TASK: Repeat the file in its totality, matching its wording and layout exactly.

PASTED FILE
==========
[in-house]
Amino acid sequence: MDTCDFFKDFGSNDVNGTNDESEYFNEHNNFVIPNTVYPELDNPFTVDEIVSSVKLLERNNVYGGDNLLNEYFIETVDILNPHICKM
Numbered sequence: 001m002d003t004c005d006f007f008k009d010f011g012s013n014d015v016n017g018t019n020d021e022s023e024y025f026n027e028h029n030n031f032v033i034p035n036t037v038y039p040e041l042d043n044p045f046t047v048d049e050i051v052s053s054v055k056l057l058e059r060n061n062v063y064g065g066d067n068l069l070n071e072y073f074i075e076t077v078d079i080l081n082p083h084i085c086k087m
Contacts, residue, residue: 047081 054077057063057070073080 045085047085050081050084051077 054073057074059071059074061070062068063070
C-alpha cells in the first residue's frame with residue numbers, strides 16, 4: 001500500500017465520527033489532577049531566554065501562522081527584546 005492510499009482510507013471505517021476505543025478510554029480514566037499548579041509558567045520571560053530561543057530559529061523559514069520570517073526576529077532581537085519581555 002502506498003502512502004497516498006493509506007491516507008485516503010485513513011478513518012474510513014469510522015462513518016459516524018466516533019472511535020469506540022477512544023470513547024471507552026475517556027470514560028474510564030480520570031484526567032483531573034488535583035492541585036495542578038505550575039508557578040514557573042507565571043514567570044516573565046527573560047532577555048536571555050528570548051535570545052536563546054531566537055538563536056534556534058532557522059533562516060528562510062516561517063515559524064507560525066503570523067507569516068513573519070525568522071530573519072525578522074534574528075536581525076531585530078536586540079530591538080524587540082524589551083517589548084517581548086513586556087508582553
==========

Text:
[in-house]
Amino acid sequence: MDTCDFFKDFGSNDVNGTNDESEYFNEHNNFVIPNTVYPELDNPFTVDEIVSSVKLLERNNVYGGDNLLNEYFIETVDILNPHICKM
Numbered sequence: 001m002d003t004c005d006f007f008k009d010f011g012s013n014d015v016n017g018t019n020d021e022s023e024y025f026n027e028h029n030n031f032v033i034p035n036t037v038y039p040e041l042d043n044p045f046t047v048d049e050i051v052s053s054v055k056l057l058e059r060n061n062v063y064g065g066d067n068l069l070n071e072y073f074i075e076t077v078d079i080l081n082p083h084i085c086k087m
Contacts, residue, residue: 047081 054077057063057070073080 045085047085050081050084051077 054073057074059071059074061070062068063070
C-alpha cells in the first residue's frame with residue numbers, strides 16, 4: 001500500500017465520527033489532577049531566554065501562522081527584546 005492510499009482510507013471505517021476505543025478510554029480514566037499548579041509558567045520571560053530561543057530559529061523559514069520570517073526576529077532581537085519581555 002502506498003502512502004497516498006493509506007491516507008485516503010485513513011478513518012474510513014469510522015462513518016459516524018466516533019472511535020469506540022477512544023470513547024471507552026475517556027470514560028474510564030480520570031484526567032483531573034488535583035492541585036495542578038505550575039508557578040514557573042507565571043514567570044516573565046527573560047532577555048536571555050528570548051535570545052536563546054531566537055538563536056534556534058532557522059533562516060528562510062516561517063515559524064507560525066503570523067507569516068513573519070525568522071530573519072525578522074534574528075536581525076531585530078536586540079530591538080524587540082524589551083517589548084517581548086513586556087508582553